“It’s very significant because I spent 19 years --- 17 years coaching and then I was around as an assistant AD for a couple years and then went back to coaching,” Driesell says. “I spent a lot of time there. I have a lot of friends there. When you spend 19 years somewhere, that is a lot of time.”

 

Time that won’t ever be forgotten in the years to come in College Park.

The Ol’ Lefthander still has it.

 

The man could always coach, and he was as responsible as anyone for Maryland’s rise to national prominence in basketball. But as much as anything else, Lefty Driesell was candid and humorous, often in equal doses.

 

So it comes as little surprise that the 85-year-old former Terrapins coach is looking forward to his Feb. 11 pregame ceremony at XFINITY Center … assuming he can get through it.

 

“I’m honored to have it up there,” Driesell says. “I’m excited to have it. I think it’ll be fun.”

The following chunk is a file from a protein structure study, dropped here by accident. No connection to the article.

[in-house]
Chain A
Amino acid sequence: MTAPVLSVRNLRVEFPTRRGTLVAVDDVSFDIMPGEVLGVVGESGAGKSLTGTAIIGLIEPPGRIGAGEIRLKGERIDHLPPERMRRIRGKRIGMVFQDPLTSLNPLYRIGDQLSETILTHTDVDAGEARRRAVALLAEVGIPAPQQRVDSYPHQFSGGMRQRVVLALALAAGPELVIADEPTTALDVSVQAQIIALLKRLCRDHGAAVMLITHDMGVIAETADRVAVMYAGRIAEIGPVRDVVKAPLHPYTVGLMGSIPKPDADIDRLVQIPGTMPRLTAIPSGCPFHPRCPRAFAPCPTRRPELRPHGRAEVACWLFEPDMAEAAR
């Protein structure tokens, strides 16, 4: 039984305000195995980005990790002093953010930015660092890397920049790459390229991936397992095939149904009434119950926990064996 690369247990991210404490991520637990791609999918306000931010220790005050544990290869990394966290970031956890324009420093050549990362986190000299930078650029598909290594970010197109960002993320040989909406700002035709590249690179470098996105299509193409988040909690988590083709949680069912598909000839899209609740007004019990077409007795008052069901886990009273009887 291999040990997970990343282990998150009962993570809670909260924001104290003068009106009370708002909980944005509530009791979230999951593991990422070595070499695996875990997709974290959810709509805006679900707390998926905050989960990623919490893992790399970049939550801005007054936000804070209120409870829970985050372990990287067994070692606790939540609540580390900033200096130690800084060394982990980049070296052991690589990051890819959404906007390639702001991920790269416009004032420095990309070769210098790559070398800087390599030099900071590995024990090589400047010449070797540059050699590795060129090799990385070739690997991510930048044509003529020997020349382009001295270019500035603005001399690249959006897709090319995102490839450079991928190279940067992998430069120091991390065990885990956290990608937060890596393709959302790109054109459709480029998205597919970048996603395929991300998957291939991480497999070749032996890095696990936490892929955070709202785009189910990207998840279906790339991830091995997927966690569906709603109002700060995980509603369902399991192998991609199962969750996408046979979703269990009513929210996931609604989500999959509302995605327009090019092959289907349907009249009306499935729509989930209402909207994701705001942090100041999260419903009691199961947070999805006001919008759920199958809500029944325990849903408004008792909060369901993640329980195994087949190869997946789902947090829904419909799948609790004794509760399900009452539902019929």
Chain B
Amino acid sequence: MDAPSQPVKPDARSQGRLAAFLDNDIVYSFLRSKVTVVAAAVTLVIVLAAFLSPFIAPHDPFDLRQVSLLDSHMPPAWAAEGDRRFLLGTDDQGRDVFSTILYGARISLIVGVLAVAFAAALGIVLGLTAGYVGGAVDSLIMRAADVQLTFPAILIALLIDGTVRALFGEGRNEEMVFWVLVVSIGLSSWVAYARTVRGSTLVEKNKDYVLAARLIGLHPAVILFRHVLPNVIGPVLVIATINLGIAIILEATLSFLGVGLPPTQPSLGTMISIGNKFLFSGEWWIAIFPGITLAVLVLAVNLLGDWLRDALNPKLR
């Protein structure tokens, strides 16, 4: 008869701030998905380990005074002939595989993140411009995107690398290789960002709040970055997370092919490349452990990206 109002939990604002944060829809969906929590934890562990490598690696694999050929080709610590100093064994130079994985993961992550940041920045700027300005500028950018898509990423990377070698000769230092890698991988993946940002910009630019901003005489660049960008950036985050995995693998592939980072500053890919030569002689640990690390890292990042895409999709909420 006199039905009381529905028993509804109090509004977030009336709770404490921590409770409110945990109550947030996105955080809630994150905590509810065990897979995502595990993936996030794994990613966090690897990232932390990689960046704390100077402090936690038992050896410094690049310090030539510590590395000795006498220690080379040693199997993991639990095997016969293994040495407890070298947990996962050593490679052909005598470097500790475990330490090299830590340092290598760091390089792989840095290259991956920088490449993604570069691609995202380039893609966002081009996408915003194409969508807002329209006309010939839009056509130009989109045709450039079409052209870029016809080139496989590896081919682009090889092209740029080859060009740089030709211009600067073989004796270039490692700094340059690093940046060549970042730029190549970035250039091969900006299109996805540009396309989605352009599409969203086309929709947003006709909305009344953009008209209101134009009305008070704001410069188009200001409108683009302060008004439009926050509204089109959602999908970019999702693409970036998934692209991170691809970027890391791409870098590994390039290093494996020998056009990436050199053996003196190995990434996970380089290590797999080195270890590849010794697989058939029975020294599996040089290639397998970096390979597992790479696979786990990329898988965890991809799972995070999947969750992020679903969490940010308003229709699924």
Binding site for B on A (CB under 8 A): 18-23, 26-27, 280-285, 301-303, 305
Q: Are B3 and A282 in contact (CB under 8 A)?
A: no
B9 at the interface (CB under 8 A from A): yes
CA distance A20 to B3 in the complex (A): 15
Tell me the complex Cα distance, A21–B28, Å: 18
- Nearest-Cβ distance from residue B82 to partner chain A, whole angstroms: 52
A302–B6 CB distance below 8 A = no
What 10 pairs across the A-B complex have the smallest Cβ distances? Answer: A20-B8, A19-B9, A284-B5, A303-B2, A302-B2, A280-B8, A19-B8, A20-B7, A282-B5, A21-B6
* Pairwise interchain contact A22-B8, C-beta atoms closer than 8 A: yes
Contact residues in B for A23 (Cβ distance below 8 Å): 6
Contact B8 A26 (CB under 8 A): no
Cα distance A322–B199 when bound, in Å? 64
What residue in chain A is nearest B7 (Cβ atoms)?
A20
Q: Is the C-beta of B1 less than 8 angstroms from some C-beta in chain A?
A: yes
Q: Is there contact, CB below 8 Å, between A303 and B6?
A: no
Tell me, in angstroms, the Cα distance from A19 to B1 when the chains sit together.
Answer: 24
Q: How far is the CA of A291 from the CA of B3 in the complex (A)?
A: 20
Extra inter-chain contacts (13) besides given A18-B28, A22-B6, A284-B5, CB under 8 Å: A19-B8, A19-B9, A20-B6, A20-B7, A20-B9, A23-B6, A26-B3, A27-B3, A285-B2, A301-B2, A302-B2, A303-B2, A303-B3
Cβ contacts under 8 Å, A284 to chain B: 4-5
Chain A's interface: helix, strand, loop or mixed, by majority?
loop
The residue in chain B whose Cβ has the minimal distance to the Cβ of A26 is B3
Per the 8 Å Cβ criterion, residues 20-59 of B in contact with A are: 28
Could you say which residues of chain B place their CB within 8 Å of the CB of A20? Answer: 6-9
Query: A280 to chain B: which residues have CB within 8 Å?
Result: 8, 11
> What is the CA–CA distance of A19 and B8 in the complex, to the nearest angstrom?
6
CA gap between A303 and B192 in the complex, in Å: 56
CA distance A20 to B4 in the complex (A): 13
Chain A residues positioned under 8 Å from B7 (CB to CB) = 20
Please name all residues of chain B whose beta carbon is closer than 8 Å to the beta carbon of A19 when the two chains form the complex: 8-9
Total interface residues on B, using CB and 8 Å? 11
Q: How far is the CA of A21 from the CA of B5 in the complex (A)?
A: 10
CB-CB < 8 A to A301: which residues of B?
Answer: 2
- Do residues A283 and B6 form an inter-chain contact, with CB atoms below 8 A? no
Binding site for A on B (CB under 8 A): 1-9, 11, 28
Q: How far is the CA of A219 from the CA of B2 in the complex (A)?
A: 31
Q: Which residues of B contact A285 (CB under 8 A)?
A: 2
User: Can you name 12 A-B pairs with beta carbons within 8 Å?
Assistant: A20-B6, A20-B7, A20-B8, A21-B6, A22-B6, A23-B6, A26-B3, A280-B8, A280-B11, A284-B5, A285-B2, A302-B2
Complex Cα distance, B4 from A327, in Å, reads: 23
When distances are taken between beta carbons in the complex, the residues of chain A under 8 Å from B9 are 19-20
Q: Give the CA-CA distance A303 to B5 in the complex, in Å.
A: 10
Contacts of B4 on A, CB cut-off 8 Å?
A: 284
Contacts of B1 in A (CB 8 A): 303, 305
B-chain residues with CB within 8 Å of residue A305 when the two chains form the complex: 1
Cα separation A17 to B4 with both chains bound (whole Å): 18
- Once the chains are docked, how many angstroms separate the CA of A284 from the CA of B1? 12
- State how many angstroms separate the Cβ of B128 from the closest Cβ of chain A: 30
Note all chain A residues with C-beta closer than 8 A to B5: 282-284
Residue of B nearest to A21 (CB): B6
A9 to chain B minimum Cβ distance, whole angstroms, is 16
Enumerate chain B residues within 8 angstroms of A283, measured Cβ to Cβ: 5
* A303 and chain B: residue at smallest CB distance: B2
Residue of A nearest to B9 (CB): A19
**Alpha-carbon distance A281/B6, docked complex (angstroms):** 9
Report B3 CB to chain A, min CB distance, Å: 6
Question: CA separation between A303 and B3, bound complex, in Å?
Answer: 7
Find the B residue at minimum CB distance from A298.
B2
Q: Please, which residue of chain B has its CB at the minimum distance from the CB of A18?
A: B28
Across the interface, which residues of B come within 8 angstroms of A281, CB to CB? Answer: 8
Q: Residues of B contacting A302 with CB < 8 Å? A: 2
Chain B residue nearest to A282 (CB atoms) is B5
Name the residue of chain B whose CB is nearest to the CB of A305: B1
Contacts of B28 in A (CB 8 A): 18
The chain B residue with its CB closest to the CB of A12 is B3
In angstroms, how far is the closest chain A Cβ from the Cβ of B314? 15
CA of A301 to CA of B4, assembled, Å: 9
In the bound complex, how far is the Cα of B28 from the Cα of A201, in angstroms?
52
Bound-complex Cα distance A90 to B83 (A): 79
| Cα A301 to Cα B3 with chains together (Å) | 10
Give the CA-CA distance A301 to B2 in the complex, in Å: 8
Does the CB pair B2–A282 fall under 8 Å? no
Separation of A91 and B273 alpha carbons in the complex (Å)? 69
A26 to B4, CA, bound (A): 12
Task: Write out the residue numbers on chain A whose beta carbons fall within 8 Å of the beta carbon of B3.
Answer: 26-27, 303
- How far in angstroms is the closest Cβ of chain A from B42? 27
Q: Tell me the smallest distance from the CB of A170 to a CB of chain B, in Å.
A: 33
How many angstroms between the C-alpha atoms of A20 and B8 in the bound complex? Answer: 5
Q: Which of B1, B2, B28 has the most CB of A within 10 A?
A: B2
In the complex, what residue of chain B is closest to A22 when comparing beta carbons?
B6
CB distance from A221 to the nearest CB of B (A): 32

Driesell won 786 games over his 41-year coaching career, which included stops at Davidson, James Madison and Georgia State. But he won his greatest renown at Maryland, earning 348 victories and taking the Terps to a pair of Elite Eights (1973 and 1975), an Atlantic Coast Conference title (1984) and an National Invitation Tournament championship (1972).

 

Along the way, he attracted the likes of Tom McMillen, Len Elmore, John Lucas, Buck Williams, Albert King and Len Bias to his program,. All of them are honored with banners hanging from the rafters in College Park.

 

Now it’s Driesell’s turn, just before the Terps’ 4 p.m. tip against Ohio State. Maryland entered the month with a 19-2 record and is on track for its third consecutive NCAA tournament appearance.

 

“I love Maryland and I love Mark Turgeon,” Driesell says. “I think he’s doing a great job and he’s a great guy. I watch all of their games that are on TV, which is just about all of them.”